It’s early in the morning at the Dene in Hassocks, a West Sussex mental health unit. Patients are getting up and as with most people in the morning they want to go to the toilet.
But staff are not letting them. Two patients were suspected of sharing medication. The Clinical Director of the Dene agrees that our daughter is not one of those suspected but she needs to defecate and his staff are refusing to allow her.
This blanket ban on letting patients use a toilet first thing in the morning is indeed another abuse of human rights at the Dene run by Partnerships in Care Ltd. It is inhuman and degrading treatment contrary to Article 3 of the European Convention of Human Rights.
There is surely a better method to control a possible sharing of medication by a small number of patients than to impose a draconian and sadistic blanket ban for all patients on defecation first thing in the morning.
Our daughter is taking laxatives to counter the constipating effects of Depakote. That means that when she needs to go, she needs to go. If she was to defecate or to pee in her clothing she could be put into seclusion or segregation for protesting. She is distressed and this antagonising of patients is rife at the mental health unit.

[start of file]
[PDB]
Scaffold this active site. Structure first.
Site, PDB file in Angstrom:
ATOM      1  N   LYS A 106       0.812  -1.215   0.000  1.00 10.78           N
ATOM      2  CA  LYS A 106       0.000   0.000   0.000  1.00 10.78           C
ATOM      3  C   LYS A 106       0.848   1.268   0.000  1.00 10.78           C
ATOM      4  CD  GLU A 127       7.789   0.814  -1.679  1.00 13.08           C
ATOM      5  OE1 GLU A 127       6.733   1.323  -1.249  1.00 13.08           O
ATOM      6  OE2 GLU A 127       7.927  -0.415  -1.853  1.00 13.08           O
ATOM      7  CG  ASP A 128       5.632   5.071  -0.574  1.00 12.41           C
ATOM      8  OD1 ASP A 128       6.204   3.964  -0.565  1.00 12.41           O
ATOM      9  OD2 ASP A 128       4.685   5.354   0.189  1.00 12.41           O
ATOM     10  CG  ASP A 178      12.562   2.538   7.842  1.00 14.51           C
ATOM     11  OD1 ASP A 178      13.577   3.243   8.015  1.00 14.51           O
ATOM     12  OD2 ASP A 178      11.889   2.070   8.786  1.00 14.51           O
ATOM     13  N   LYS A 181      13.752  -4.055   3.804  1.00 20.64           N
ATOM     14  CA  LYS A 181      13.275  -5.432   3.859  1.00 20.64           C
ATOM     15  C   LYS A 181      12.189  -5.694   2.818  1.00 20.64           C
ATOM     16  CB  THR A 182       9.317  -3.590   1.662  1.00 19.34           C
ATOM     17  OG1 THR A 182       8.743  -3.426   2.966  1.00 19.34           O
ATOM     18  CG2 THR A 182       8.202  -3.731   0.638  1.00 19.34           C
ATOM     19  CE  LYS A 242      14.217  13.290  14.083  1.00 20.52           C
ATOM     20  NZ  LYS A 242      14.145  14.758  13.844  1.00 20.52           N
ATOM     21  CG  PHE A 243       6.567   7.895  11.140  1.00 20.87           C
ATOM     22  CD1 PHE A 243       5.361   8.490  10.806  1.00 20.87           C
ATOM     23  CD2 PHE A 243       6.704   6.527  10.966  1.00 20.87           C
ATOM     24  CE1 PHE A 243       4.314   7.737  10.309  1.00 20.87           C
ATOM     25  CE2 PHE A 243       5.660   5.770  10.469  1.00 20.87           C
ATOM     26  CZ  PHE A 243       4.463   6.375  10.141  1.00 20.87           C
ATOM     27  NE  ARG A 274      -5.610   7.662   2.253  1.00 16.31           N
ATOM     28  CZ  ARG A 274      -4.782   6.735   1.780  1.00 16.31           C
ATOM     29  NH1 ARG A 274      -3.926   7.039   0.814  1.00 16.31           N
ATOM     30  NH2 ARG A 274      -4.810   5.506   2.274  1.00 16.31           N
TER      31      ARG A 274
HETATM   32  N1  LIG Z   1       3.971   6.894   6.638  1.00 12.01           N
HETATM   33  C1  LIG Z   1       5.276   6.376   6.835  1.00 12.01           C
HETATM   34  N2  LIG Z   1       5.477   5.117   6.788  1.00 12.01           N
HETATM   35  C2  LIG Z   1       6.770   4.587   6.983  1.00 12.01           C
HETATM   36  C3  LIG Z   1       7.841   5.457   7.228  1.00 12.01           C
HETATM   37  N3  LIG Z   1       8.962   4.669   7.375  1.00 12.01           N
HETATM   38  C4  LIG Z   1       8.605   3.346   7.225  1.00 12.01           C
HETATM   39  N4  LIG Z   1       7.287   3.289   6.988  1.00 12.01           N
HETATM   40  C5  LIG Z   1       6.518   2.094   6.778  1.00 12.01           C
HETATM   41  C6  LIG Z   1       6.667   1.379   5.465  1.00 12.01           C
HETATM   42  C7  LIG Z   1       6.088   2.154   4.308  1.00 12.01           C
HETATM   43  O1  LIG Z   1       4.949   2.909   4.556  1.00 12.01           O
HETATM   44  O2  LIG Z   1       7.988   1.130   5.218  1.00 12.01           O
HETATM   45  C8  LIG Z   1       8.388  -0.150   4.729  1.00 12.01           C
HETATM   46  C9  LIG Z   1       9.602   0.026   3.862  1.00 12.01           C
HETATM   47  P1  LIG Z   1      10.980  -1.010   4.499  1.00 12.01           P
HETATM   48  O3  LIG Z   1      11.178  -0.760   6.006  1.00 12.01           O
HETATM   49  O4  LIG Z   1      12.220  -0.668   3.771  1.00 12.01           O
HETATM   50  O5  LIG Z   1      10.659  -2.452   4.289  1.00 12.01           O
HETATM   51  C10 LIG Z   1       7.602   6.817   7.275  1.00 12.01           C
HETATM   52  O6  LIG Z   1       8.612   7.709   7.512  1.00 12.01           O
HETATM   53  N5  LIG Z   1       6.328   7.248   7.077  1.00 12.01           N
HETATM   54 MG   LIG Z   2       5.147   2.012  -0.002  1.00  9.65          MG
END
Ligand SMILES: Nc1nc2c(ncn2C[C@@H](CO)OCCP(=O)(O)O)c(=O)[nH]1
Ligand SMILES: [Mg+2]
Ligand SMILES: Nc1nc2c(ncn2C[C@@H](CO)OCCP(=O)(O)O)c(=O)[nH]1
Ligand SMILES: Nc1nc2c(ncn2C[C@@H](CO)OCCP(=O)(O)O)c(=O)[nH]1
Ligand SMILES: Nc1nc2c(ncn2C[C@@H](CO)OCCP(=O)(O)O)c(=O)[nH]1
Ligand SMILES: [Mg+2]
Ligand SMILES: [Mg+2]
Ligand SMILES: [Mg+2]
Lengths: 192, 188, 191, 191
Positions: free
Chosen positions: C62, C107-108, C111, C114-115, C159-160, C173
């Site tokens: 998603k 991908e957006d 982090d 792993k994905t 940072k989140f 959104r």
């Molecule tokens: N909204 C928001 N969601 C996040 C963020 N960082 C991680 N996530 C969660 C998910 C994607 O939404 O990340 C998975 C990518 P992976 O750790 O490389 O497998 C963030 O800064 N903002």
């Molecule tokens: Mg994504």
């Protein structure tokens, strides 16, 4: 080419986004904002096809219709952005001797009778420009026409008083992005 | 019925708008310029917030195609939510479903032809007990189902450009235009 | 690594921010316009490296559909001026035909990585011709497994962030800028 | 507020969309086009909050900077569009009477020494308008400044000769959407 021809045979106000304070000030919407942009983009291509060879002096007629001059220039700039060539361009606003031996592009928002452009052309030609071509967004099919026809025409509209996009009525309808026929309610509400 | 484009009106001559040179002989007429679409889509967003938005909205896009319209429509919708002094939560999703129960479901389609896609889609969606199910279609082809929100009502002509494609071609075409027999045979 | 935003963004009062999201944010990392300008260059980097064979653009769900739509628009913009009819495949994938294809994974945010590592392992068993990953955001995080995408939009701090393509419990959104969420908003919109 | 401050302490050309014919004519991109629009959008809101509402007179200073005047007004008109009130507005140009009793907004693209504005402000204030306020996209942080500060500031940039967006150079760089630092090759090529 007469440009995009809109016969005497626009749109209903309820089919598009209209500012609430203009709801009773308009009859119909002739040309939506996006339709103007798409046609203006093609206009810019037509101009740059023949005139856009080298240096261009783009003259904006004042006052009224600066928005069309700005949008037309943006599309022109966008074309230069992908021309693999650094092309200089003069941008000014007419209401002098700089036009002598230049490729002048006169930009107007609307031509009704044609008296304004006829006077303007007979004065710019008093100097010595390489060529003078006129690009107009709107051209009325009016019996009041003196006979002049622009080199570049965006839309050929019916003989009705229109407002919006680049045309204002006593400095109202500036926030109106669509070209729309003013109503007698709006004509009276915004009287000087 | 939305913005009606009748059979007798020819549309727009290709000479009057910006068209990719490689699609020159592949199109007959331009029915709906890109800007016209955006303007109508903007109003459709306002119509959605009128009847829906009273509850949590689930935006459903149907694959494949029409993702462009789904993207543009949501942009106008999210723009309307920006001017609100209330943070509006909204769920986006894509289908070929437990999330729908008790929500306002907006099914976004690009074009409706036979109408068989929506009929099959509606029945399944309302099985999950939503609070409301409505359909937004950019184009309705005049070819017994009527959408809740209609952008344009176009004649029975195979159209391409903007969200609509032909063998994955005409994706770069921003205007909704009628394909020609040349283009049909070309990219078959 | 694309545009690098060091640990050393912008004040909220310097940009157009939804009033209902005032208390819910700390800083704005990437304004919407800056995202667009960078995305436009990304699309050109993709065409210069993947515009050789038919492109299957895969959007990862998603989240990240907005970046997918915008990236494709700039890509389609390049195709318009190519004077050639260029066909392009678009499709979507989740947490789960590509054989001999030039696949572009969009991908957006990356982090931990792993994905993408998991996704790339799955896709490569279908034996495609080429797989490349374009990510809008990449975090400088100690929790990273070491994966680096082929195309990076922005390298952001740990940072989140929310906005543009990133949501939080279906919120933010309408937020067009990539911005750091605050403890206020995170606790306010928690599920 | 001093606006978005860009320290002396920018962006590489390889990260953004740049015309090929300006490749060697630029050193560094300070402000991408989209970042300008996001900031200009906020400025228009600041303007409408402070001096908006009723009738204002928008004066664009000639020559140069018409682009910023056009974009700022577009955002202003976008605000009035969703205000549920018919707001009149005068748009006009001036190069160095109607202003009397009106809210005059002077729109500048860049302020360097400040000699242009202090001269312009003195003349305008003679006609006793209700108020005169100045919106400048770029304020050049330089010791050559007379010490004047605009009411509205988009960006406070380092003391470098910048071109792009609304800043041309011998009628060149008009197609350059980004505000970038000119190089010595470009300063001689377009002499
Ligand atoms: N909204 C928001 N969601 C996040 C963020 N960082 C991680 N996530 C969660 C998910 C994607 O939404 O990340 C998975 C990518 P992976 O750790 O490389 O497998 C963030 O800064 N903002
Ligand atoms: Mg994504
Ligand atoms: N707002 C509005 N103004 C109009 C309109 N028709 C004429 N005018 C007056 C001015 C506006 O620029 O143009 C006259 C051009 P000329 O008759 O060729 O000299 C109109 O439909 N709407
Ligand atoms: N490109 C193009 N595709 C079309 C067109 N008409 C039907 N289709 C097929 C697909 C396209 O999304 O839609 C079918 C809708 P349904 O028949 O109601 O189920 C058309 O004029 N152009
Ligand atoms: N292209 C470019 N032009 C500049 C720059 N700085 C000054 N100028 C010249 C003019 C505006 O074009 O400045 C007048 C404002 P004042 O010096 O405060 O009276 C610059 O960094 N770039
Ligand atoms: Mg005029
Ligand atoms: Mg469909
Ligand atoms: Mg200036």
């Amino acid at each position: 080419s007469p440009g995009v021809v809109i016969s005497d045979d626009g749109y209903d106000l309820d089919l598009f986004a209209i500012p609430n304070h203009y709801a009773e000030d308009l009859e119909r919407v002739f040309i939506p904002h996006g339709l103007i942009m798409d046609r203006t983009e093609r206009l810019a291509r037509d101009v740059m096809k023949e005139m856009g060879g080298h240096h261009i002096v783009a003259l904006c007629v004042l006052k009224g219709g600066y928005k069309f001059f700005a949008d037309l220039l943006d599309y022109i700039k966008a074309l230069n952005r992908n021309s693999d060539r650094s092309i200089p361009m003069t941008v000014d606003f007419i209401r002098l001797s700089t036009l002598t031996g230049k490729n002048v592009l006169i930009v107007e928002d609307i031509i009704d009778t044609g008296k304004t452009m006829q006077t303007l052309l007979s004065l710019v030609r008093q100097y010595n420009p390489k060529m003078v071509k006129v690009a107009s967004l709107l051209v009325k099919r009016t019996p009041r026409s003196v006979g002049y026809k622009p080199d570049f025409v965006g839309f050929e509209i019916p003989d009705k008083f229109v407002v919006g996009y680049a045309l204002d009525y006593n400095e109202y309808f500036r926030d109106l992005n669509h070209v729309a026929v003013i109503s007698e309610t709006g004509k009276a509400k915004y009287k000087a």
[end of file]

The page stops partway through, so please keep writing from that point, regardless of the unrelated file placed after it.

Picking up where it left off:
Staff make up arbitrary rules like this ‘toilet ban’ and then watch as the patients become more agitated. If a patient reacts to the degrading treatment or complain they are segregated or worse, they are locked in the ‘padded cell’ of solitary confinement.
Is this treatment?
Is this care?
If a customer is a hotel or restaurant was treated like this there would be uproar. You would read about it in newspapers. Why should it be any different for a mental health patient? Why are their human rights any less than our own?
Would you like to think that your loved ones are being abused in this way when they are at their most vulnerable?
It happens all the time at the Modern Asylum.